While many of Wyoming's challenges in Access to Emergency Care are due to being a large, rural state, Wyoming can and must take action to improve immunization rates and reduce traffic fatalities. The state should invest in outreach and education aimed at increasing seatbelt use and pass legislation to require helmets for all motorcycle riders. The state could also explore innovative approaches to increasing immunization rates among children and the elderly.

Wyoming can strengthen its Medical Liability Environment to help lower the average malpractice award payment and to aid in recruiting a skilled workforce. The state should explore a medical liability cap on non-economic damages and require periodic payments of malpractice awards. Wyoming should consider providing special liability protections for care mandated by the Emergency Medical Treatment and Labor Act to further alleviate the burden on physicians who are willing to provide emergent, life-saving care to patients.

Access to Emergency Care

Title 2009
Report Card
Report Card
Board-certified emergency physicians per 100,000 pop 8.8 9.5
Emergency physicians per 100,000 pop 11.5 11.5
Neurosurgeons per 100,000 pop 1.5 1.7
Orthopedists and hand surgeon specialists per 100,000 pop 11.7 11.1
Plastic surgeons per 100,000 pop 0.8 0.5
ENT specialists per 100,000 pop 2.5 2.9
Registered nurses per 100,000 pop 828.9 846
Percent of children able to see provider 95.8
Level I or II trauma centers per 1M pop 3.8 3.5
Percent of population within 60 minutes of Level I or II trauma center 32.3 33
Accredited chest pain centers per 1M pop 0 0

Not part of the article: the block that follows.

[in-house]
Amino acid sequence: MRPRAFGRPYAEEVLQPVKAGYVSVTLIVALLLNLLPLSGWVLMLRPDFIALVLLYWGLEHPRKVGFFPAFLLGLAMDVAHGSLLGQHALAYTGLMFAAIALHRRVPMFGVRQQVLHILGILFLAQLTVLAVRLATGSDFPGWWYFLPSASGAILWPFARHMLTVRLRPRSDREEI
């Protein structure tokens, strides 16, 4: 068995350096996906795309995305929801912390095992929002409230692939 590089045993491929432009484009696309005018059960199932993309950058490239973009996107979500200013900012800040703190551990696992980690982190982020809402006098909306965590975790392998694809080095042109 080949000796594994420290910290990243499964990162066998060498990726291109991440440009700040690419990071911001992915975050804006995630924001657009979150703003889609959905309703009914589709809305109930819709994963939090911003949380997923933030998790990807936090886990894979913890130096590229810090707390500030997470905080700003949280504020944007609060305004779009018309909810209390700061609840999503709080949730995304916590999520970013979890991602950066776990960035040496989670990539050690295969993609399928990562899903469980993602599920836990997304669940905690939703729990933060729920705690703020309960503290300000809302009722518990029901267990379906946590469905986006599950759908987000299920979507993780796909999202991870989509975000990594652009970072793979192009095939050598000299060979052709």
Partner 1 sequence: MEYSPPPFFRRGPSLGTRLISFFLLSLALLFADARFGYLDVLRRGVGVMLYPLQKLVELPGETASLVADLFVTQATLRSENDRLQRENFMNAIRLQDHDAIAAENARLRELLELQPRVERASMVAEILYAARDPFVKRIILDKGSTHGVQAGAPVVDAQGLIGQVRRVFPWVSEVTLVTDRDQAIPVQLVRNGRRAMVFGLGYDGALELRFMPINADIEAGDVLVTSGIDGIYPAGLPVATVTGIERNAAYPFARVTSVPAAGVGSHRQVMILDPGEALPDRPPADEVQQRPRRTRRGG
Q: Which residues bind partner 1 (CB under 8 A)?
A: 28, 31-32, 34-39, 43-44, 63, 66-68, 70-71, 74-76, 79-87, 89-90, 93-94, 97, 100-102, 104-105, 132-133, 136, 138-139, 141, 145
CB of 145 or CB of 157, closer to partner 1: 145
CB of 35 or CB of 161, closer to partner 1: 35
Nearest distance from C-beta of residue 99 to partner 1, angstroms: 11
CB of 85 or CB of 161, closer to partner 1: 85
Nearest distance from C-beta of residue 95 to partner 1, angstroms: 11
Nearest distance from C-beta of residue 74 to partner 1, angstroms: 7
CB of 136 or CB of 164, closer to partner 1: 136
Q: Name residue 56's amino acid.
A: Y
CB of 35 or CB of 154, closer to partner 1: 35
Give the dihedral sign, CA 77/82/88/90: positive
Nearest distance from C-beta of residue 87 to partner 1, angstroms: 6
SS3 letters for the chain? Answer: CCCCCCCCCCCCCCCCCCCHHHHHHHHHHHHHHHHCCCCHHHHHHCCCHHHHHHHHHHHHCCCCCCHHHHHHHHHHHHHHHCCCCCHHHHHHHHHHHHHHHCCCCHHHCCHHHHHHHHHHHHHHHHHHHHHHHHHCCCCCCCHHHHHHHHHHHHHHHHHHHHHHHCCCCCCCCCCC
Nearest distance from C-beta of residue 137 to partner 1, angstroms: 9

Percent of population with an unmet need for substance abuse treatment 9.7 9.7
Pediatric specialty centers per 1M pop 3.9 3.5
Medicaid fee levels for office visits as a percent of the national average 162.7 136.6
Percent change in Medicaid fees for office visits (2004-05 to 2007/2007 to 2012) 33 3.2
Percent of adults with no health insurance 16.6 20.3
Percent of adults underinsured 7.3
Percent of children with no health insurance 8.2 10
Percent of children underinsured 22.5
Percent of adults with Medicaid 4.4 6.9
Hospital closures in 2006/2011 0 0
Staffed inpatient beds per 100,000 pop 503 452.3
Hospital occupancy rate per 100 staffed beds 58.5 55.6
Psychiatric care beds per 100,000 pop 54.8 48.2
Median time from ED arrival to ED departure for admitted ED patients 216
State collects data on diversion NO NO

Disaster Preparedness

Title 2009
Report Card
Report Card
Per capita federal disaster preparedness funds $25.96 $18.84
State budget line item health care surge NR
ESF-8 plan is shared with all EMS and essential hospital personnel YES NR
Emergency physician input into the state planning process YES, YES YES
Public health and emergency physician input during an ESF-8 response YES
Drills, exercises conducted involving hospital personnel, equipment, or facilities per hospital
Accredited by the Emergency Management Accreditation Program (EMAP) NO NO
Special needs patients included in medical response plan YES YES
Patients dependent on medication for chronic conditions in medical response plan NO NO
Medical response plan for supplying dialysis NO NO
Mental health patients included in medical response plan YES
Medical response plan for supplying psychotropic medications NO
Mutual aid agreements in place with behavioral health providers STATE LEVEL
State requires long-term care and nursing home facilities to have a written disaster plan YES
State able to report number of exercises involving long-term care facilities or nursing NO
Just-in-time training systems in place STATEWIDE STATEWIDE
Statewide medical communication system with one layer of redundancy YES NO
Statewide patient tracking system NO NO
Statewide real-time or near real-time syndromic surveillance system YES YES
Real-time surveillance system in place for common ED presentations YES NR
Bed surge capacity per 1M pop 650.3 931.6
ICU beds per 1M pop 226.2 163.1
Burn unit beds per 1M pop 0 0
Verified burn centers per 1M pop 0 0
Physicians registered in ESAR-VHP per 1M pop NR 6.9
Nurses registered in ESAR-VHP per 1M pop NR 150.9
Behavioral health professionals registered in ESAR-VHP per 1M pop 19.1
Strike teams or medical assistance teams NO NO
Disaster training required for essential hospital/EMS personnel YES, YES NO, YES
Percent of RNs that received emergency training 44.2 39.5

Medical Liability Environment

Title 2009
Report Card
Report Card
Lawyers per 10,000 pop 14.2 13